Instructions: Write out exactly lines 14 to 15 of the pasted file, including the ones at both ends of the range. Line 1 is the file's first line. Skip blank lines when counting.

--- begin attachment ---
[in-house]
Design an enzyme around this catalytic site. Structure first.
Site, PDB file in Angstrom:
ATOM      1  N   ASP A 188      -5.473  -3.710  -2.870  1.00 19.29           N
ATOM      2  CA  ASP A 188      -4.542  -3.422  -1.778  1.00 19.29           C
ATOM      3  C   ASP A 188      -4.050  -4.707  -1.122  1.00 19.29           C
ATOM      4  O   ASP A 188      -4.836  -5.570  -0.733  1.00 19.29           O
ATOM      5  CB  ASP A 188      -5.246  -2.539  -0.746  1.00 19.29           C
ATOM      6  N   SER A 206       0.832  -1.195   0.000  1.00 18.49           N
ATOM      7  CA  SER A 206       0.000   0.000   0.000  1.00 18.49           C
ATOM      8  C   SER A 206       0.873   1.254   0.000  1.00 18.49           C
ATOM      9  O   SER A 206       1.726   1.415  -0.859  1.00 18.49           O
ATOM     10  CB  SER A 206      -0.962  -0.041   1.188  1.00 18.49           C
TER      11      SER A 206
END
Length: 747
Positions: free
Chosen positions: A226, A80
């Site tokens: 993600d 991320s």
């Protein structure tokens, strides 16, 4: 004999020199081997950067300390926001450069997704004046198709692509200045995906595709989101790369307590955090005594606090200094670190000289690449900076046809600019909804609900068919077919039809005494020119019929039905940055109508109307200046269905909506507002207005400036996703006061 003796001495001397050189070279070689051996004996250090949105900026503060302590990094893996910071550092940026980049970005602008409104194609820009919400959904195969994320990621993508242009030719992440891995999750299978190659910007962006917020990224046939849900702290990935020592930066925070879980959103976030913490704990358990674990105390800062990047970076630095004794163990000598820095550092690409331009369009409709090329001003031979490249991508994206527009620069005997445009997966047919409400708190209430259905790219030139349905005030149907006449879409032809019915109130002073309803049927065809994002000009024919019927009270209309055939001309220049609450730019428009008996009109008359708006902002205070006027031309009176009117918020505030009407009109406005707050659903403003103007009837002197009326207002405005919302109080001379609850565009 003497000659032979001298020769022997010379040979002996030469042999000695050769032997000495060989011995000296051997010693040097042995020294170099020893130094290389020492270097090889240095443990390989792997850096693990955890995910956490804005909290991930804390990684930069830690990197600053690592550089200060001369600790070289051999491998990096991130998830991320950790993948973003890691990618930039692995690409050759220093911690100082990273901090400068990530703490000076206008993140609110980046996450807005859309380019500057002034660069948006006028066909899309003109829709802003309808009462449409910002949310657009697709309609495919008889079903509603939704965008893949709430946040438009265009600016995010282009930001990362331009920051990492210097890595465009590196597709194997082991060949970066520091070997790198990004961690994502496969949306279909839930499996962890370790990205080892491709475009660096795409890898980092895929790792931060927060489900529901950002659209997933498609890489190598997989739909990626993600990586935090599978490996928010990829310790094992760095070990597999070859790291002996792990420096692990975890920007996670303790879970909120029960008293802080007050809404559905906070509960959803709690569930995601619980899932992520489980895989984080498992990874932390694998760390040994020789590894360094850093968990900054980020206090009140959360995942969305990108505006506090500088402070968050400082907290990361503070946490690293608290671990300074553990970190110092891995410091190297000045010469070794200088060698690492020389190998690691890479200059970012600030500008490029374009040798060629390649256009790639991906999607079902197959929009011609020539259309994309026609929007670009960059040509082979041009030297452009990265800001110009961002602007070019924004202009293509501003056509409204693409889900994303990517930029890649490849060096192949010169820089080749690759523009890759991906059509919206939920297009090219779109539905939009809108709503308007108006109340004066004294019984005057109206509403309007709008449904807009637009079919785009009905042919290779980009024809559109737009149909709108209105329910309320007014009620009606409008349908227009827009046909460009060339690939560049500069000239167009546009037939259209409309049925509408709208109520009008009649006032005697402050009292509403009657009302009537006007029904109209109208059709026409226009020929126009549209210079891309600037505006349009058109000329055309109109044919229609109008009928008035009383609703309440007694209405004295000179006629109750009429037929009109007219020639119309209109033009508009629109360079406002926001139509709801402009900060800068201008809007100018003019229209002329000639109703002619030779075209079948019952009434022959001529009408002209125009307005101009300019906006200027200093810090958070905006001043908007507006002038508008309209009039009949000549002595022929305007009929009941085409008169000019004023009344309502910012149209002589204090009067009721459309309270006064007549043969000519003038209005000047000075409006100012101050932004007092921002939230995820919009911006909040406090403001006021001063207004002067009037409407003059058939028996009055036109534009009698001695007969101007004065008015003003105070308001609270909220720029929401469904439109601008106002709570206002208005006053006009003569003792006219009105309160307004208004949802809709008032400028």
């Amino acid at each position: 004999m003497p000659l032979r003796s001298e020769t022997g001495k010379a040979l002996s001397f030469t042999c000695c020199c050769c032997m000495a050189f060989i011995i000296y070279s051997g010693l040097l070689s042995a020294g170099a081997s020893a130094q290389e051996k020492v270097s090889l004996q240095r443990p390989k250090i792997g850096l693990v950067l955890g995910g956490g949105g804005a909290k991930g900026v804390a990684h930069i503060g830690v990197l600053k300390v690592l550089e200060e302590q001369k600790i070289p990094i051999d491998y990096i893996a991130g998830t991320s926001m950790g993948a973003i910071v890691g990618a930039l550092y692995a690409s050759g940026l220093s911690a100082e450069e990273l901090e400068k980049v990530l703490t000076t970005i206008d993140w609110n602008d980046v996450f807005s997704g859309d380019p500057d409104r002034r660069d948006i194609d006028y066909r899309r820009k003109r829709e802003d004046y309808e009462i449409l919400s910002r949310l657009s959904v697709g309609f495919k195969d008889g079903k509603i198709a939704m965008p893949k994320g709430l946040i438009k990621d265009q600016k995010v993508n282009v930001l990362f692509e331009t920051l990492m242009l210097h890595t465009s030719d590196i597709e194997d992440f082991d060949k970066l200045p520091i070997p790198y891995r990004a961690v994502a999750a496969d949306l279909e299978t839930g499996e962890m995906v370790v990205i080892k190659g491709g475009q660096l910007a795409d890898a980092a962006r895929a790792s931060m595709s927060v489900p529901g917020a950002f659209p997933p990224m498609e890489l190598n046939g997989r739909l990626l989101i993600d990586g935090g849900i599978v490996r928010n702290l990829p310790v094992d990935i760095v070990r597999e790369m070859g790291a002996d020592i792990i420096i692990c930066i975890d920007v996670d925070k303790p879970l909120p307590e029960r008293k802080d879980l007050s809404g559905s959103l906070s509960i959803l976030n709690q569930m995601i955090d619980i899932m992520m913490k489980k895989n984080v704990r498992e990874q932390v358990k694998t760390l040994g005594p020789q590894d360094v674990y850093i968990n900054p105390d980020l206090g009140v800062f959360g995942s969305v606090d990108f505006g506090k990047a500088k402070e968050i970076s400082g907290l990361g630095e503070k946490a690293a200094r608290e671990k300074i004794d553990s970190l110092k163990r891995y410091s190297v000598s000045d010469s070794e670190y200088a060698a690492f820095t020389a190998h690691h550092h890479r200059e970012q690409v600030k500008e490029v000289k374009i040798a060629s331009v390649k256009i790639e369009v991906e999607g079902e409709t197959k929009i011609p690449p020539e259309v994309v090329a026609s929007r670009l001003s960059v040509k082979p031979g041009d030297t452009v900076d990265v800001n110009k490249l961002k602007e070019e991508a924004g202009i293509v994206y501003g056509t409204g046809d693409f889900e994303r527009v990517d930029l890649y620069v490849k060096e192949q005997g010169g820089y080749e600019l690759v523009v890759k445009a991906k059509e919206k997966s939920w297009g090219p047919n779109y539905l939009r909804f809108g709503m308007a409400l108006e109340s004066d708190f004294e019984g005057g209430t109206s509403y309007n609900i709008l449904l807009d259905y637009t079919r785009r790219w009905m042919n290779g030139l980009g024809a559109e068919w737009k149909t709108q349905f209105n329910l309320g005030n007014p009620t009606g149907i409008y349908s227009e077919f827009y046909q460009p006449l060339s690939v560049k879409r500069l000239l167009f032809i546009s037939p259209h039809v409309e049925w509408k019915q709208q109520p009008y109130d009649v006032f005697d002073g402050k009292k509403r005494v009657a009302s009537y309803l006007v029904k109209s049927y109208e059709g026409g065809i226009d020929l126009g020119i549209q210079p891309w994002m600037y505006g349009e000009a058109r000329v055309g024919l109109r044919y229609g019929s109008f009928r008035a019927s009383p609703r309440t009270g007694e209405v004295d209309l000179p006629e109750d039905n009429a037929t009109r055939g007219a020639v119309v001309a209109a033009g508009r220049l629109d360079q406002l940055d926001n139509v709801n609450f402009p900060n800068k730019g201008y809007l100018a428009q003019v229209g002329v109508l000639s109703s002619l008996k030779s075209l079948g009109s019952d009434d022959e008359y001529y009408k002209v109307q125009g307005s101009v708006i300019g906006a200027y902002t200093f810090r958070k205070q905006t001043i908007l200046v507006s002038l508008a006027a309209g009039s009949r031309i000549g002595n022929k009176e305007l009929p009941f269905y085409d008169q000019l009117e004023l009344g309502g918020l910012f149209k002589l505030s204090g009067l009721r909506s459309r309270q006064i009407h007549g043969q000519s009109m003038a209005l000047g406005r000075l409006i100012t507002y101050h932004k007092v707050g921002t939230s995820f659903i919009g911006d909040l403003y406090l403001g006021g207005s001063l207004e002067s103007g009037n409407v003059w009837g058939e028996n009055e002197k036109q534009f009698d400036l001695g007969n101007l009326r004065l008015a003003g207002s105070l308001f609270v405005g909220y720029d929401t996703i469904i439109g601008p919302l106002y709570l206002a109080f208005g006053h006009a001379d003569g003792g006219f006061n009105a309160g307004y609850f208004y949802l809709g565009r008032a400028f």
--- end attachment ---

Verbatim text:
TER      11      SER A 206
END